Two former Tyne Metropolitan College students have stepped into the limelight to share their experiences of how mobile phone use can impact – both negatively and positively - on young lives.
Bev Held, 21, and Lauryn Neasham, 19, made a short film about how the all-pervasive mobile can trigger or worsen depression or feelings of inadequacy – but can also be a life-line for people feeling isolated or unhappy.
Filmed last summer, they have returned to TyneMet to show their work, titled Social Media Anxiety and filmed in conjunction with Fixers, a national support organisation for 16 to 25-year-olds, to current students to gauge its impact.
Such has been interest in their unique take on modern life that their visit was filmed for broadcast on Tyne Tees television this week (NOTE – expected date January 11, 2018).
The pair used personal insight of the distressing effects of mental health conditions, as Bev has battled depression, and Lauryn previously suffered with social anxiety issues.
They say their aim was to let other young people know that life can, and does, get better, no matter how dark it might seem at times.
Lauryn, who is studying computer and digital forensics, said: “Everyone always has a mobile in their hand, and at down times, they can be your link to the outside world.
“But you can also suffer cyberbullying, or can become addicted, always updating your social media. That can seriously impact your life and mental health.
“I wanted people to understand the bad side of social media, that there’s cyberbullying and pressure to be a certain way, but that there is also a good side.
“When you see people on social media sites like Instagram, and they appear to have perfect lives, you feel a lot of pressure around that.
“Doing this film has definitely helped me with my feelings of social anxiety, and I hope it helps other young people.”
She added: “It was good to see the reaction of the students at TyneMet.
“Many said they couldn’t agree more about feeling some anxiety around using social media, because of having to live up to what they see as its standards.
“Working with Fixers has been a very positive experience and I would recommend it to any young person who has an issue they want to raise.
“It’s been the best thing that’s happened me.”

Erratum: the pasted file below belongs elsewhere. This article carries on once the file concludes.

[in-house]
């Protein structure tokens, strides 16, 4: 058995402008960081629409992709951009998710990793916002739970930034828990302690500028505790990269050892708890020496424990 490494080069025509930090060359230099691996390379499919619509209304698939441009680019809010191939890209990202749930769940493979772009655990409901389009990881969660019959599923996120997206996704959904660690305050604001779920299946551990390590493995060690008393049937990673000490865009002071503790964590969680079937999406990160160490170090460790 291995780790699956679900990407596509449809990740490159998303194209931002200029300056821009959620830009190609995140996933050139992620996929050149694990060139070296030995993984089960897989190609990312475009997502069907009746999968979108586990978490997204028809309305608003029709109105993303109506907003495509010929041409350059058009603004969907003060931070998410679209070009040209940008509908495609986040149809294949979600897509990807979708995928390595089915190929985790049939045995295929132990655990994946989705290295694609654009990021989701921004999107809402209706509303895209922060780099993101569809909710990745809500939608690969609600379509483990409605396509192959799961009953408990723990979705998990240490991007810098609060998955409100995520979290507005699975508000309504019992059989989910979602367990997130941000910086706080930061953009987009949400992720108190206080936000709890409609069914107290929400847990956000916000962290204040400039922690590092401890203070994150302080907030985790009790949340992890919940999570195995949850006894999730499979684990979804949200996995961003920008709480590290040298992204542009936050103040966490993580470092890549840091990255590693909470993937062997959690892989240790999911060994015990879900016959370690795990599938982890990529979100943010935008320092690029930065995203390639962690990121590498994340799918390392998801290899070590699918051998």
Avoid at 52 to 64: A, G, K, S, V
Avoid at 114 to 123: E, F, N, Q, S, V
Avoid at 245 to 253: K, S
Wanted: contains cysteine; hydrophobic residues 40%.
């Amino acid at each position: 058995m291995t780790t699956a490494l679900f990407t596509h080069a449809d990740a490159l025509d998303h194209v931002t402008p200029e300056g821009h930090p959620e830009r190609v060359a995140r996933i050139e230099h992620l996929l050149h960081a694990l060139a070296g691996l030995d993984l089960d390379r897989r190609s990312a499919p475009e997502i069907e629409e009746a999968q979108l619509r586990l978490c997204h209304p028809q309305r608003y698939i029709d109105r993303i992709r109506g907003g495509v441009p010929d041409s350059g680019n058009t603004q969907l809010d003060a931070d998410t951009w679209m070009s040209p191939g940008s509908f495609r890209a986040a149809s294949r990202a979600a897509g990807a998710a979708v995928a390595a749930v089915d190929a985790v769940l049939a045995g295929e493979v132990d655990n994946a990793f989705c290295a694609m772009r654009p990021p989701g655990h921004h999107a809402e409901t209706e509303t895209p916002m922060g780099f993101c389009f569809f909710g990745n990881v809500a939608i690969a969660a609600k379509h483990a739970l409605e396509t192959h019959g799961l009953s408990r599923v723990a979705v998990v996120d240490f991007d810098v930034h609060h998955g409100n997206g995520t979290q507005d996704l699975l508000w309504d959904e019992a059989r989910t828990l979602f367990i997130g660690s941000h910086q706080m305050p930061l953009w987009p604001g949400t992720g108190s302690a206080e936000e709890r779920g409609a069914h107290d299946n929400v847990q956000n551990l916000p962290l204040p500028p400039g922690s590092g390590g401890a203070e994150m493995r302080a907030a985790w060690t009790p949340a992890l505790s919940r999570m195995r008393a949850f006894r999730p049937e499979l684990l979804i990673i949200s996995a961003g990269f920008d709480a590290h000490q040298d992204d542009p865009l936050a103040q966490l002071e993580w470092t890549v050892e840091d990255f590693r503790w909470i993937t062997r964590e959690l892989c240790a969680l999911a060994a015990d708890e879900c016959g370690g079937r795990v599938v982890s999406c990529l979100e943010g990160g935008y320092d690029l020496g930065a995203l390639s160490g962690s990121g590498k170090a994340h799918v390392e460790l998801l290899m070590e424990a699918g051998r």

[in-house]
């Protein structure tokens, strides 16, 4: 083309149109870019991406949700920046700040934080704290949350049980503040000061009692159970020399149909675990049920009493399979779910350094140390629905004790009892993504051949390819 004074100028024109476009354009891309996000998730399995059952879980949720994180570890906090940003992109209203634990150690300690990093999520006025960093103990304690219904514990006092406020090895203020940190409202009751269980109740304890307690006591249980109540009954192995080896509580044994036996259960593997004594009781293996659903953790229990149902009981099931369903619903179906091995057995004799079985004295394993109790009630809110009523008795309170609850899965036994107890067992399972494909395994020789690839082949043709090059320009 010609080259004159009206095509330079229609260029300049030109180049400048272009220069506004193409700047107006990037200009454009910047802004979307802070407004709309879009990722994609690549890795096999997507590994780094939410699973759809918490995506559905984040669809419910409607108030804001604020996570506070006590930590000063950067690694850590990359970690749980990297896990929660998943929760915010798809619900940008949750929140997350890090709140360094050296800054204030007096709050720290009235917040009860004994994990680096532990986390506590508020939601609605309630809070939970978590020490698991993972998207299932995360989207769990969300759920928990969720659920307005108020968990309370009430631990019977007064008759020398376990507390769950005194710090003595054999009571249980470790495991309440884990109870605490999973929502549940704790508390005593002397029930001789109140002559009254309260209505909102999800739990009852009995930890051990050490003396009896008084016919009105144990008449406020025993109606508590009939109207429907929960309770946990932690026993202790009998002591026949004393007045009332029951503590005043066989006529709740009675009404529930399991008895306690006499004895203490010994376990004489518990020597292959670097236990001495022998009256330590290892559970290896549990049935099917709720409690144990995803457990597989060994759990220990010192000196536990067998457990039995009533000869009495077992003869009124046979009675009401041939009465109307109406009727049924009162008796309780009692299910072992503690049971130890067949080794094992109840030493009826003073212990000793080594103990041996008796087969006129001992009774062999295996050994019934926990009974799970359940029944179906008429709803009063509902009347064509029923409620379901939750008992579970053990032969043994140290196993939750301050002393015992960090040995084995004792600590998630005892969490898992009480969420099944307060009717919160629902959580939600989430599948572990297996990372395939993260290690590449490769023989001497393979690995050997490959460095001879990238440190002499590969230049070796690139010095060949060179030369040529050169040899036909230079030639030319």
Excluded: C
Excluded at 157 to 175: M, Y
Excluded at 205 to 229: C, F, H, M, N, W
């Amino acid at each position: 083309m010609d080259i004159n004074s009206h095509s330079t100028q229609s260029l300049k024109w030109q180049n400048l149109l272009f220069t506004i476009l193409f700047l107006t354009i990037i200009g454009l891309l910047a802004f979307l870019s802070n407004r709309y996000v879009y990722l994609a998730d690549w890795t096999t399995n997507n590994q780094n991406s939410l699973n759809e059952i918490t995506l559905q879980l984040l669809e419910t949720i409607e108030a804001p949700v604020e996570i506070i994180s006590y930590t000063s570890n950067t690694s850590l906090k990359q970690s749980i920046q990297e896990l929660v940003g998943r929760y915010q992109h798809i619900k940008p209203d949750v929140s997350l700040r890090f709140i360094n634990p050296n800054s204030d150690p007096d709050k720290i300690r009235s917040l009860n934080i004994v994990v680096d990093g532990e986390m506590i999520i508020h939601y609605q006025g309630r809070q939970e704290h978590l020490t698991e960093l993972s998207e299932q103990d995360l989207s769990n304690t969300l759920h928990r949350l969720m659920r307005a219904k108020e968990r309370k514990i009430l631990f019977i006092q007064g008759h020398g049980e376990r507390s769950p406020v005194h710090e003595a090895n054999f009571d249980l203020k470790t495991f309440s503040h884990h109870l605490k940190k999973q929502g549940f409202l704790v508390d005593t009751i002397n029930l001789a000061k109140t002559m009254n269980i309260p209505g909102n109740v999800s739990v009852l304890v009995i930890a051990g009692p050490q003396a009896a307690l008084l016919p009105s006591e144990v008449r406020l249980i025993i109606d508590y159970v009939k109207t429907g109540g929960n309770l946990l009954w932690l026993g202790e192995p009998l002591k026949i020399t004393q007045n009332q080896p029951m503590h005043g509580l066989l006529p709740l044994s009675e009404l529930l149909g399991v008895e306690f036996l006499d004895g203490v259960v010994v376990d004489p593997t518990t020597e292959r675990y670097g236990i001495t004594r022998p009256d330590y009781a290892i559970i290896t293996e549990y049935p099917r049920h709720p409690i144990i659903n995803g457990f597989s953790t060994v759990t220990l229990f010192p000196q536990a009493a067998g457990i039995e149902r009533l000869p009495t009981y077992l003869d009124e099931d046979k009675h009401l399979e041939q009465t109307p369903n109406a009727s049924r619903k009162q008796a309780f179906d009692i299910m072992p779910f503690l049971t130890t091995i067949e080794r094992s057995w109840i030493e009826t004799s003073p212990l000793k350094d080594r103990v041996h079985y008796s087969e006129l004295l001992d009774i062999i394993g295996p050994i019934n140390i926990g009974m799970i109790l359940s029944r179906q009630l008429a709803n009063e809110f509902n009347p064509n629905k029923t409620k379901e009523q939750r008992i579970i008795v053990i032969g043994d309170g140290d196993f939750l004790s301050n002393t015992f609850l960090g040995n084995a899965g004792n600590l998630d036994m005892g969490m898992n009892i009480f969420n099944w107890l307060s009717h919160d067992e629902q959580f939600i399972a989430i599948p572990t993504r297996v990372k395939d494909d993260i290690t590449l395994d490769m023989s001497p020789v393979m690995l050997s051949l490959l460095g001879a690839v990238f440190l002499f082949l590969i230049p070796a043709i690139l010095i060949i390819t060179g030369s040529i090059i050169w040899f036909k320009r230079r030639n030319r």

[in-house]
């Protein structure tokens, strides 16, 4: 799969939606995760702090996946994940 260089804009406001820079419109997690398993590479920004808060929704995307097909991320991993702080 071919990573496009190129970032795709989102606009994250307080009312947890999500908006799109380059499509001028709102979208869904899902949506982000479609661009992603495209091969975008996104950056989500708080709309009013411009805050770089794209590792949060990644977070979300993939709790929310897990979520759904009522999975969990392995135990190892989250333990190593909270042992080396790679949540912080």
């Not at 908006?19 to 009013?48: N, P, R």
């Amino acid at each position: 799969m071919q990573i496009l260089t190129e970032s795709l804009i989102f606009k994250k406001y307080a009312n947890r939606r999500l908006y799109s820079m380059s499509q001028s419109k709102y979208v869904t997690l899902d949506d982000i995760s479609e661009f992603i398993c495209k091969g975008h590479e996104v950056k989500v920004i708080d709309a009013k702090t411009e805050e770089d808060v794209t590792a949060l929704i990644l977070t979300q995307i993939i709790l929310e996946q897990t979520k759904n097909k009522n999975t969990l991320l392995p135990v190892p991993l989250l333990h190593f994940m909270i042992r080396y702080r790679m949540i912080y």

Bev, 21, who is taking a computer science and web development degree, added: “Quite simply, you can suffer from mental health issues because of your mobile – but it can also be the tool to get help.
“Help is out there, and it’s easy to find, as it’s all there on your phone – with one search, you can find the numbers, websites and email addresses to contact.
“I found going back to TyneMet to show the film to be a good experience.
“There was a positive reaction to it and many of the students said they could relate to the issues we talked about.
“People are not alone and can get support, and Fixers is a great way for them to be able to raise issues of importance.”
Lauryn and Bev began working with Fixers in early 2017, when Clare Jeffrey, one of its broadcast researchers, visited to speak of her work to IT learners.
It led to them being invited to put their thoughts down on film, which was done with the help of Emily Cutter, Fixers’ young person coordinator, and its production team.
Their one-minute-long film was launched at Newcastle Arts Centre in July.
Clare said Bev and Lauryn’s film, and her experience of working with other young people, had identified issues around the internet and social media.
She said: “Lauryn and Bev have been brave to make this film, they have put themselves out there to make some important points and to get their story told.
“Doing what they have done will get their message across and may make a difference to others.
“It was interesting to hear what the current students at TyneMet thought about the film, and many agreed there are good and bad points to social media.
“The male perspective especially was that it impacted more on women, who felt greater pressure to conform on social media or to look a certain way.
“What came across is that there are problems with social media and the internet which can relate in different ways.”
She added: “Fixers will work with anyone aged 16 to 25 who has an issue they feel is important and should be highlighted, the only criteria being that it must help at least one other person.
“Working with us can help someone to gain in confidence and self-esteem, and they get their voices heard and are taken seriously.”
Andrew Alderson, a learning mentor in engineering and IT at TyneMet, said: “It was good that Bev and Lauryn came back to share their film with our students.
“What came out of it was that social media and the use of mobile phones can put various pressure on young people if used too much or in a negative way.
“The film makes important and valid points, many of which our current students were able to identify with.”
The film can be seen at www.fixers.org.uk/news/16191-11208/social-media-anxiety.php
More information on Fixers can be found at www.fixers.org.uk